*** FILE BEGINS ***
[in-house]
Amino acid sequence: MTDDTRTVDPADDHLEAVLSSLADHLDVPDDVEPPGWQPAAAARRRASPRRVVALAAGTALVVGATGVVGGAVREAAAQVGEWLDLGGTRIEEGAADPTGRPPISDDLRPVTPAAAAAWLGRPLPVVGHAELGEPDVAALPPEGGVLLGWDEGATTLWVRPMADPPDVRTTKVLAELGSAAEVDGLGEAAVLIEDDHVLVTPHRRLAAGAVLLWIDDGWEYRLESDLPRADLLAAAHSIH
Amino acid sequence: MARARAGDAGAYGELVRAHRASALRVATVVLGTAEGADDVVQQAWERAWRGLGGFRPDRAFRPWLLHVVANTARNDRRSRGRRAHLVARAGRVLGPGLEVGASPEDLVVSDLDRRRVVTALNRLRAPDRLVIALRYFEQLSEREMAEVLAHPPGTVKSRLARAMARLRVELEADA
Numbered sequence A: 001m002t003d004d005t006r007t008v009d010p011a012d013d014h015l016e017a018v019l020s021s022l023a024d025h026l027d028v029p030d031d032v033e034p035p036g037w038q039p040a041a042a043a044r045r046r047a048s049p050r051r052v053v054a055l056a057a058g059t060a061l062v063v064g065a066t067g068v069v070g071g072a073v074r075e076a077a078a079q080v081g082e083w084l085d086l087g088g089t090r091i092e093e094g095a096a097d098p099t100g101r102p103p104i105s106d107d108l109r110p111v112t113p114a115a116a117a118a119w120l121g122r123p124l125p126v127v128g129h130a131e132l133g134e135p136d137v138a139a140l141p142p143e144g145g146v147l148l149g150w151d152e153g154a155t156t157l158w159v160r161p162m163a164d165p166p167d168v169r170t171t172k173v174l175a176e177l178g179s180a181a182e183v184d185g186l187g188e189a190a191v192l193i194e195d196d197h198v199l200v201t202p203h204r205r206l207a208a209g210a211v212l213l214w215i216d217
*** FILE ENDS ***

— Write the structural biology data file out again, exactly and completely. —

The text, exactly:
[in-house]
Amino acid sequence: MTDDTRTVDPADDHLEAVLSSLADHLDVPDDVEPPGWQPAAAARRRASPRRVVALAAGTALVVGATGVVGGAVREAAAQVGEWLDLGGTRIEEGAADPTGRPPISDDLRPVTPAAAAAWLGRPLPVVGHAELGEPDVAALPPEGGVLLGWDEGATTLWVRPMADPPDVRTTKVLAELGSAAEVDGLGEAAVLIEDDHVLVTPHRRLAAGAVLLWIDDGWEYRLESDLPRADLLAAAHSIH
Amino acid sequence: MARARAGDAGAYGELVRAHRASALRVATVVLGTAEGADDVVQQAWERAWRGLGGFRPDRAFRPWLLHVVANTARNDRRSRGRRAHLVARAGRVLGPGLEVGASPEDLVVSDLDRRRVVTALNRLRAPDRLVIALRYFEQLSEREMAEVLAHPPGTVKSRLARAMARLRVELEADA
Numbered sequence A: 001m002t003d004d005t006r007t008v009d010p011a012d013d014h015l016e017a018v019l020s021s022l023a024d025h026l027d028v029p030d031d032v033e034p035p036g037w038q039p040a041a042a043a044r045r046r047a048s049p050r051r052v053v054a055l056a057a058g059t060a061l062v063v064g065a066t067g068v069v070g071g072a073v074r075e076a077a078a079q080v081g082e083w084l085d086l087g088g089t090r091i092e093e094g095a096a097d098p099t100g101r102p103p104i105s106d107d108l109r110p111v112t113p114a115a116a117a118a119w120l121g122r123p124l125p126v127v128g129h130a131e132l133g134e135p136d137v138a139a140l141p142p143e144g145g146v147l148l149g150w151d152e153g154a155t156t157l158w159v160r161p162m163a164d165p166p167d168v169r170t171t172k173v174l175a176e177l178g179s180a181a182e183v184d185g186l187g188e189a190a191v192l193i194e195d196d197h198v199l200v201t202p203h204r205r206l207a208a209g210a211v212l213l214w215i216d217